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Memorial's Closure Leaves Chechens With Nowhere To Turn

A portrait of slain rights activist Natalya Estemirova on a memorial in Grozny to journalists who have died in the fight for free speech
In January 2002, Zelimkhan Yezhiyev's son left his village in Chechnya on a trip to the neighboring republic of Ingushetia.

He was never seen again.

So Yezhiyev did what many Chechens do in that situation -- he traveled to the republican capital, Grozny, and knocked on the door of Memorial, Russia's leading human rights group.

That's where he first met Natalya Estemirova, one of the region's boldest rights campaigners, who became Yezhiyev's main ally in the search for his son.

She helped him file inquiries with the police and take his case to court, and she offered much-needed advice and moral support. His son, 22 at the time of his disappearance, is still missing.

Yezhiyev again sought Estemirova's help when armed men began carrying out raids on his village and subjecting his family to abuse.

With Estemirova's brutal slaying last week, it became clear that Yezhiyev, and hundreds like him, had lost the last person they could turn to for help.

"We could call her day or night, and she would come and help us -- she was a golden person, she always helped me and all those who turned to her for help," Yezhiyev says. "I feel as though I've lost a loved one; she was like a sister to me. My family, my wife, and my daughter all cried when I told them she had died."

Forced Closure

Estemirova was found dead of multiple gunshot wounds on July 15, hours after being abducted outside her home in Grozny.

Colleagues say her killing is retaliation for her tireless work investigating executions, kidnappings, and other abuses in Chechnya. They lay blame for the killing on Ramzan Kadyrov, Chechnya's iron-fisted, Kremlin-backed leader, whose militia has been accused of numerous abuses against civilians.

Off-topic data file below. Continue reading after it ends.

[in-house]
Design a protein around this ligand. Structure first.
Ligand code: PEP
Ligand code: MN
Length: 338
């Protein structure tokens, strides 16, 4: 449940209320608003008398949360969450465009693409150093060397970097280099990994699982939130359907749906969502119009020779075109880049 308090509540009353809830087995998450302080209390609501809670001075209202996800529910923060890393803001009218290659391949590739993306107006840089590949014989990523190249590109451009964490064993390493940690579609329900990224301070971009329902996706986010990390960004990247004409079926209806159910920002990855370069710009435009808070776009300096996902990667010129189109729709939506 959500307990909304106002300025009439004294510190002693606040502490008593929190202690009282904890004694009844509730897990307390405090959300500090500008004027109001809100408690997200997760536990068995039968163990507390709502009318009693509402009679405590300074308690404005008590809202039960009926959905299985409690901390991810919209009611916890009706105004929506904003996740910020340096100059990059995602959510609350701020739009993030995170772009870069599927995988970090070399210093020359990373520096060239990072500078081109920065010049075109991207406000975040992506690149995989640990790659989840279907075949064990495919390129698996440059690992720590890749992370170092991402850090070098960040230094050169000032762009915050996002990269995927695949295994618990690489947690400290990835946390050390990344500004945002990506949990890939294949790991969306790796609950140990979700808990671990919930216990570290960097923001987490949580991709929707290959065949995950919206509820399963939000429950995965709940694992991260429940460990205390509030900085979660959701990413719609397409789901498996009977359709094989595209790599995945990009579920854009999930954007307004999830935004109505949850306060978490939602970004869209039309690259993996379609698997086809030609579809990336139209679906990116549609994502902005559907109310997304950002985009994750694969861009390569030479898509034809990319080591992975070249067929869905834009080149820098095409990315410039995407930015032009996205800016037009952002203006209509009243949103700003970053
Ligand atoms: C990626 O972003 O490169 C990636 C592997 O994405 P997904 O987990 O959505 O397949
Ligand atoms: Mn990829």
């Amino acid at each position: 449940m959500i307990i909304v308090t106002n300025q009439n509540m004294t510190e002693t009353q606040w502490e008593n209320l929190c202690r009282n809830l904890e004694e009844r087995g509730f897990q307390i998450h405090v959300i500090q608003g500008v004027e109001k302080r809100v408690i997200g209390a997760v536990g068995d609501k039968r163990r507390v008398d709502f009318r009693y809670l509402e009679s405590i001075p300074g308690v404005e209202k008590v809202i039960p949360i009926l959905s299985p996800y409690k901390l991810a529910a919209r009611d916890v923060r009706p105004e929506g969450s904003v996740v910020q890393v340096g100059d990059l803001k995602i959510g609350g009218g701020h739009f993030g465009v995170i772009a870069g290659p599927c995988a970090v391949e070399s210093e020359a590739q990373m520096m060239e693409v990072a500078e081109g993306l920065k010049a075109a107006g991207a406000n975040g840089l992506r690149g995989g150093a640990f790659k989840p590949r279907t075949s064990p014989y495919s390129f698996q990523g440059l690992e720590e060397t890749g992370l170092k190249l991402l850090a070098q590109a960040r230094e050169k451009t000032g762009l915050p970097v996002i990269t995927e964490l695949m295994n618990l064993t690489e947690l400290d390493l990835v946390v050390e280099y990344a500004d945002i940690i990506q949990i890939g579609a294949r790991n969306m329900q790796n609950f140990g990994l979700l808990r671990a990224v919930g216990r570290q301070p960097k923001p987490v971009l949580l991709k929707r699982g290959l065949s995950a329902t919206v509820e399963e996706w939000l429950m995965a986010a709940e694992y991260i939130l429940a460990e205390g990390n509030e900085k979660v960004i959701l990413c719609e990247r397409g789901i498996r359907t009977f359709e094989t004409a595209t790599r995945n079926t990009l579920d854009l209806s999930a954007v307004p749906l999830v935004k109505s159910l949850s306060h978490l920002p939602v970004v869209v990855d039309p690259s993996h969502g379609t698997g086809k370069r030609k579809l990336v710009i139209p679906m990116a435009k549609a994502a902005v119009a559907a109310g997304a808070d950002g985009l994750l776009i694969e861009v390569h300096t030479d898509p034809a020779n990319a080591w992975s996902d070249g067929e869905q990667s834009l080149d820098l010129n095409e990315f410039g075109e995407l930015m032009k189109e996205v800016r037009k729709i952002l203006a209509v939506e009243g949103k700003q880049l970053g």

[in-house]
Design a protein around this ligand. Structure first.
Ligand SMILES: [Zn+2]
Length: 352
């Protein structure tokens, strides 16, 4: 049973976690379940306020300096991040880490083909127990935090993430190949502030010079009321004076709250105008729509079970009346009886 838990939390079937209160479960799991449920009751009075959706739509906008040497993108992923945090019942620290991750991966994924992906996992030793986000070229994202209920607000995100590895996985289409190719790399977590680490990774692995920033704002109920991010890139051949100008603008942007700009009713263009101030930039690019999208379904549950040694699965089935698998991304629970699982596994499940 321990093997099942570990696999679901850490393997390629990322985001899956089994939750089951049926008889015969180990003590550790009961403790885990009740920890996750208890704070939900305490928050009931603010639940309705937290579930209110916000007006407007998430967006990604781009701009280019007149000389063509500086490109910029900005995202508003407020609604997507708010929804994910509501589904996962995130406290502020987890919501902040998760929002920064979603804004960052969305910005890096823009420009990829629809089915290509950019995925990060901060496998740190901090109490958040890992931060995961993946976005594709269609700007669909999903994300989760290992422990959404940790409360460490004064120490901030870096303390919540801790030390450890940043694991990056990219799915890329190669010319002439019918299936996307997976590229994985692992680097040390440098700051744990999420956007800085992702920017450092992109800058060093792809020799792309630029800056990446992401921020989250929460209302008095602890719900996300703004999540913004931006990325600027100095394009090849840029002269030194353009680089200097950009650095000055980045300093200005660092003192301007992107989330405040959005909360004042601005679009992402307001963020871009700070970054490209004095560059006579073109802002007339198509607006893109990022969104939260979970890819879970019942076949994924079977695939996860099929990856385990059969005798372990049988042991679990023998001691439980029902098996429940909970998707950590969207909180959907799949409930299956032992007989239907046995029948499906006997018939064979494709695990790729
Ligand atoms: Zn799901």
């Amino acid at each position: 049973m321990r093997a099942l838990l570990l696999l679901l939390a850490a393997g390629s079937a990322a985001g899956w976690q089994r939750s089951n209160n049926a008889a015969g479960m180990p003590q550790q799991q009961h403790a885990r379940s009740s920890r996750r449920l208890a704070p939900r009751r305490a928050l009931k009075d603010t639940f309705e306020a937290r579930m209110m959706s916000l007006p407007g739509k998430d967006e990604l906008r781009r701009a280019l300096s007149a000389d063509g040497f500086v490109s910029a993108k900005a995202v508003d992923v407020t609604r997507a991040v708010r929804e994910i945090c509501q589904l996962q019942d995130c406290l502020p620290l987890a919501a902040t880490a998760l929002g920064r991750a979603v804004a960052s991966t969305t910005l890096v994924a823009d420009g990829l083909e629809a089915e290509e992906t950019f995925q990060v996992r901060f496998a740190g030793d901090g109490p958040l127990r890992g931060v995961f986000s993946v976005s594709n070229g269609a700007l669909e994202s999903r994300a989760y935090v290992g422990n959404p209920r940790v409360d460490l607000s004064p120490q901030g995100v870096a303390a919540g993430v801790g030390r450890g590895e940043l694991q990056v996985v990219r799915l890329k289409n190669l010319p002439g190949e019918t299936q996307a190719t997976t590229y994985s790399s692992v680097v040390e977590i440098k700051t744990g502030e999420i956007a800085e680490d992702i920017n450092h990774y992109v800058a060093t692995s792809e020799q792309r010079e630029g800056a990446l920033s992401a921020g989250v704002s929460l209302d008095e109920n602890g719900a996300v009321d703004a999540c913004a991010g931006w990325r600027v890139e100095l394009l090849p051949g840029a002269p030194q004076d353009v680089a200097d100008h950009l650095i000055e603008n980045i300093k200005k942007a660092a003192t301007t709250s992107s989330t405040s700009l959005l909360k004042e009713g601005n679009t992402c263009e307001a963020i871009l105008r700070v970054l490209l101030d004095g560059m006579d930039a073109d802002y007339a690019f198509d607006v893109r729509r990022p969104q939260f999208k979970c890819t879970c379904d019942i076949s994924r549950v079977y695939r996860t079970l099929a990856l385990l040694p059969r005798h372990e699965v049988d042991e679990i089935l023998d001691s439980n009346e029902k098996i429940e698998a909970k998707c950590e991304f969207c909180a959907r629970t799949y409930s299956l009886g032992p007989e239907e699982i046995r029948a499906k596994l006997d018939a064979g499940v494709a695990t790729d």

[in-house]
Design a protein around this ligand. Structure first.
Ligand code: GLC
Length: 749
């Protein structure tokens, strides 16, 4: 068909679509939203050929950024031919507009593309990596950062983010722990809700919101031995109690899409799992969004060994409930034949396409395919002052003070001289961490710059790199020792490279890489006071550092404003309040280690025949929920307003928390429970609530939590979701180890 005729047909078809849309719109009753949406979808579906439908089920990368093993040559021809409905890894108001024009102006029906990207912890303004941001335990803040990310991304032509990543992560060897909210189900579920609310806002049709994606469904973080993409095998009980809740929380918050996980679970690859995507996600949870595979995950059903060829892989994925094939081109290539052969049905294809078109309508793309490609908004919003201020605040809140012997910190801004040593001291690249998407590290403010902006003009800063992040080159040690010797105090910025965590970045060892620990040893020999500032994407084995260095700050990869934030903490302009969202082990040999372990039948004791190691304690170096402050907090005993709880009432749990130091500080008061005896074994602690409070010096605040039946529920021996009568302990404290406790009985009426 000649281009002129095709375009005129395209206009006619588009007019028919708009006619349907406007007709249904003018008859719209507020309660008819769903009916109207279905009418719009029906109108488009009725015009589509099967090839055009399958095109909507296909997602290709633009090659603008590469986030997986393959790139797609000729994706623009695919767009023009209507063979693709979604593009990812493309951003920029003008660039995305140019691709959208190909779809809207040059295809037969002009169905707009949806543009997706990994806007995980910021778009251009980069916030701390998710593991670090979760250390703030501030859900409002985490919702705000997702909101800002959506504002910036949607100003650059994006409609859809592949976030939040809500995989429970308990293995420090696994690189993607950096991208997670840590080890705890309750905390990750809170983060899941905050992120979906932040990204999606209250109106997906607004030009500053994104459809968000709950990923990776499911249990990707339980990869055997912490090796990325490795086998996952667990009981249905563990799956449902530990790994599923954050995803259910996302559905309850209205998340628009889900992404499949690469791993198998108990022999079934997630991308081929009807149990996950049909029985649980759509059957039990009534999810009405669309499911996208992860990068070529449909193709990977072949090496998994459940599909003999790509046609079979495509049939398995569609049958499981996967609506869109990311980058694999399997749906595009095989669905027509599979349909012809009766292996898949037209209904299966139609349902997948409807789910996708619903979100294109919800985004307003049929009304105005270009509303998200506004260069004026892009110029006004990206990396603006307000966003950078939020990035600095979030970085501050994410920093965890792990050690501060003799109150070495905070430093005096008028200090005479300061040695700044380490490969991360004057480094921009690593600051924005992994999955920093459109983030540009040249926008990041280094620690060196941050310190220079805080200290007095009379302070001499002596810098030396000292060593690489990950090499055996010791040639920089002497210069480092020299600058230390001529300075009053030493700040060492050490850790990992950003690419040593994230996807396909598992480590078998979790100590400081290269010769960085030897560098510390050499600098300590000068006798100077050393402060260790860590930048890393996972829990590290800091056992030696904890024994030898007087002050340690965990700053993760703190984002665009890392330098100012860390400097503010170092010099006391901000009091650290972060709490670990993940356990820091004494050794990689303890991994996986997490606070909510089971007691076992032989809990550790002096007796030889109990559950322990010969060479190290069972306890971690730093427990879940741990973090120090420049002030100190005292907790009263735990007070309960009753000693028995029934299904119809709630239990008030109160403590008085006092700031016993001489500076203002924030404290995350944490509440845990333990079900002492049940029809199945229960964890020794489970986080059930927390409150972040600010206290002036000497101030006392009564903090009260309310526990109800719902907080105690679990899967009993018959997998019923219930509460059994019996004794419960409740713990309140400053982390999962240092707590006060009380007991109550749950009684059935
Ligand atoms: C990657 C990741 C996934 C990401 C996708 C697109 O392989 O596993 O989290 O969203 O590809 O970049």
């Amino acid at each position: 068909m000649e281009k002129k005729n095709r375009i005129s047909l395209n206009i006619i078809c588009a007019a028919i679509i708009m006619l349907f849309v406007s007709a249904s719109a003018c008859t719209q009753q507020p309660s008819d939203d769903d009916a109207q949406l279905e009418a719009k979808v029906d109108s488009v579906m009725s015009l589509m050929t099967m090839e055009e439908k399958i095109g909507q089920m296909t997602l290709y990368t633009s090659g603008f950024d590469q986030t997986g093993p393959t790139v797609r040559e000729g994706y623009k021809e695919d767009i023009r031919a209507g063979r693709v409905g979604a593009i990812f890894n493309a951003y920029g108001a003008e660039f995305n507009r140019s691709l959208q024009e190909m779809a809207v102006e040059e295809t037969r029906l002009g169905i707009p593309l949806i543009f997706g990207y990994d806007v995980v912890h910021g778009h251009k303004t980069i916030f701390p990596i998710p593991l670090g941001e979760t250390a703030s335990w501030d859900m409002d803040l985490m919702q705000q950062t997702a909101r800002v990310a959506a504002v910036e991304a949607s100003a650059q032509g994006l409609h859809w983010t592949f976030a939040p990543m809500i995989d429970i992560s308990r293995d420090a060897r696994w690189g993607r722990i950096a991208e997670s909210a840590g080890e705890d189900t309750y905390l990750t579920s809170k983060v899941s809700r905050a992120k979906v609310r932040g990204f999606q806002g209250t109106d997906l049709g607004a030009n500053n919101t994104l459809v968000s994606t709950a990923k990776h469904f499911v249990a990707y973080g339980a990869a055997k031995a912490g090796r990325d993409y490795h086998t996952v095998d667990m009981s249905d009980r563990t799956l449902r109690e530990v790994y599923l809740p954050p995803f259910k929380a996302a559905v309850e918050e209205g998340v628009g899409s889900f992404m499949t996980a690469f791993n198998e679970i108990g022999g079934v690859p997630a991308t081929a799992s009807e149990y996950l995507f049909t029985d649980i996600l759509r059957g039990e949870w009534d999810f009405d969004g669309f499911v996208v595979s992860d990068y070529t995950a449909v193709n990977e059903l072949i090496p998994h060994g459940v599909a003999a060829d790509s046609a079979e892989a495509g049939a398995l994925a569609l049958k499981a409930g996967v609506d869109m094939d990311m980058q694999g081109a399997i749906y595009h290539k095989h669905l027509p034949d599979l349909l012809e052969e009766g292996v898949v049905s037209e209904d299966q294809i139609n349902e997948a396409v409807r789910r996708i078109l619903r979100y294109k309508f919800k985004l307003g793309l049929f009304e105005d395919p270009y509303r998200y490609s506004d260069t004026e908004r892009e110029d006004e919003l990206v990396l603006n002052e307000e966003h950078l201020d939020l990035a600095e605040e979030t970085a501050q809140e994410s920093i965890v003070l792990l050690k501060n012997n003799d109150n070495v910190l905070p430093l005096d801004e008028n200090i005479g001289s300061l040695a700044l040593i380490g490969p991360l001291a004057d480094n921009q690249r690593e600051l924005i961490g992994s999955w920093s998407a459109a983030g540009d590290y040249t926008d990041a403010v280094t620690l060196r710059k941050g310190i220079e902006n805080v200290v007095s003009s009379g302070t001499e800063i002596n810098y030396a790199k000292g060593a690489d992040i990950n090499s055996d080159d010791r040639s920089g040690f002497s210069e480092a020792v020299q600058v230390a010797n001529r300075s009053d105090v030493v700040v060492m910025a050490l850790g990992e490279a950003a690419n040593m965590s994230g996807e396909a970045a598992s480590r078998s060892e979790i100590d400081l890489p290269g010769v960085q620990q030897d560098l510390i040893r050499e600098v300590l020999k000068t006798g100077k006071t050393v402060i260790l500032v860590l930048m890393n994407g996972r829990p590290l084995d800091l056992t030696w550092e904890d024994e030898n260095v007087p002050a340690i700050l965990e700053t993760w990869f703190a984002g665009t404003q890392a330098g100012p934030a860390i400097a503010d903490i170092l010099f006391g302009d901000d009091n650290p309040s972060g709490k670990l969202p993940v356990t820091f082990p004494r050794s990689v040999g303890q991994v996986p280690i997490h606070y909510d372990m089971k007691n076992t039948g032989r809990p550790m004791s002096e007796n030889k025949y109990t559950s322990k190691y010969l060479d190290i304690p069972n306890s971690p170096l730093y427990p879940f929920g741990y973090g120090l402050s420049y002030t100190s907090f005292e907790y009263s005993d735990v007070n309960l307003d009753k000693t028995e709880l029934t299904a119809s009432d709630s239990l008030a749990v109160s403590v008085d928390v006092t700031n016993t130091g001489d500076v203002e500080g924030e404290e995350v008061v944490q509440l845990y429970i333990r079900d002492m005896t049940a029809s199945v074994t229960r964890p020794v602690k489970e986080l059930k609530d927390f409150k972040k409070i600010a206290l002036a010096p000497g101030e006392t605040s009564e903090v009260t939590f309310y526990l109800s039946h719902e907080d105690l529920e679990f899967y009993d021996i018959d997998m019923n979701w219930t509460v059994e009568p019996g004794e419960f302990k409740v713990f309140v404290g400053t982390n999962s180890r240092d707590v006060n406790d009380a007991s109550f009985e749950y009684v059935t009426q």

But Chechens are mourning more than the loss of Estemirova. Her employer, Memorial, announced on July 19 that it was suspending its work in Grozny due to concern for the safety of other workers there.

Demonstrators turned out in Moscow on July 16 to express outrage over Estemirova's brutal killing.
Estemirova is the second Memorial worker to have been slain in Chechnya. In April 2006, Bulat Chilayev, a driver for the group's medical program, was abducted and killed.

Memorial says it will remain closed until at least the end of August.

Nurdi Nukhadjiyev, Chechnya's human rights ombudsman -- who critics say merely acts at Kadyrov's behest -- played down the closure of Memorial, saying there were other rights groups in Chechnya to carry on the work.

But Memorial was certainly the largest and boldest of all, the first stop for all journalists reporting on rights abuses in Chechnya.

'Nowhere To Turn'

For some, Estemirova's murder and the closure of Memorial remove the last layer of protection for ordinary Chechens.

Shakhman Akbulatov, the head of Memorial's Grozny office, says a string of dismayed citizens have been visiting him since the announcement:

"People come and say that if Memorial shuts down, they won't have anywhere or anyone to turn to for real support and help," Akbulatov says.

But Akbulatov says that even if Memorial opens again, it has lost its most valuable asset: Estemirova.

"We lost a lot with her -- her invaluable experience, her contacts, and her skills. This will deal a blow to Memorial's work," Akbulatov says. "She is, to put it mildly, irreplaceable. We will miss her as a colleague and simply as a person."

Climate Of Impunity

Estemirova's death has drawn outrage outside Russia, too.

Amnesty International condemned her killing as "a consequence of the impunity that has been allowed to persist by the Russian and Chechen authorities."

Human Rights Watch said it was "open season on anyone trying to highlight the appalling human rights abuses in Chechnya" and called on Russian authorities to bring Estemirova's killer or killers to justice.

Russian President Dmitry Medvedev has vowed to track down and punish Estemirova's killers. But he has dismissed as "primitive" allegations that Kadyrov or other Russian officials had a hand in her murder.

Kadyrov, for his part, has said he plans to file a slander lawsuit against Memorial's Oleg Orlov, who says Kadyrov is to blame.

Yelena Milasheva, a correspondent for the independent newspaper "Novaya gazeta" who knew Estemirova well, says both the Kremlin and Kadyrov had reason to dislike the slain Memorial worker.

"Kadyrov -- and, I think, federal authorities too -- have been seeking to get Memorial out of Chechnya, because Memorial has irked them throughout the wars and irks them now by tainting the image of stability," Milasheva said. "If Memorial shuts down, it will be a catastrophe."

Human Rights Watch says Estemirova had been documenting "extremely sensitive" cases of human rights abuses when she was murdered.

She had recently contributed to a Human Rights Watch report accusing Chechen authorities of burning more than 20 houses in punitive attacks against the families of alleged rebels.

On the day of her murder, Russian human rights activists in Moscow unveiled a lengthy report which Estemirova had helped research. The report documents atrocities committed by all sides during the two Chechen wars and demands that Putin and other top-ranking officials be held to account for war crimes.

RFE/RL's Russian Service contributed to this report.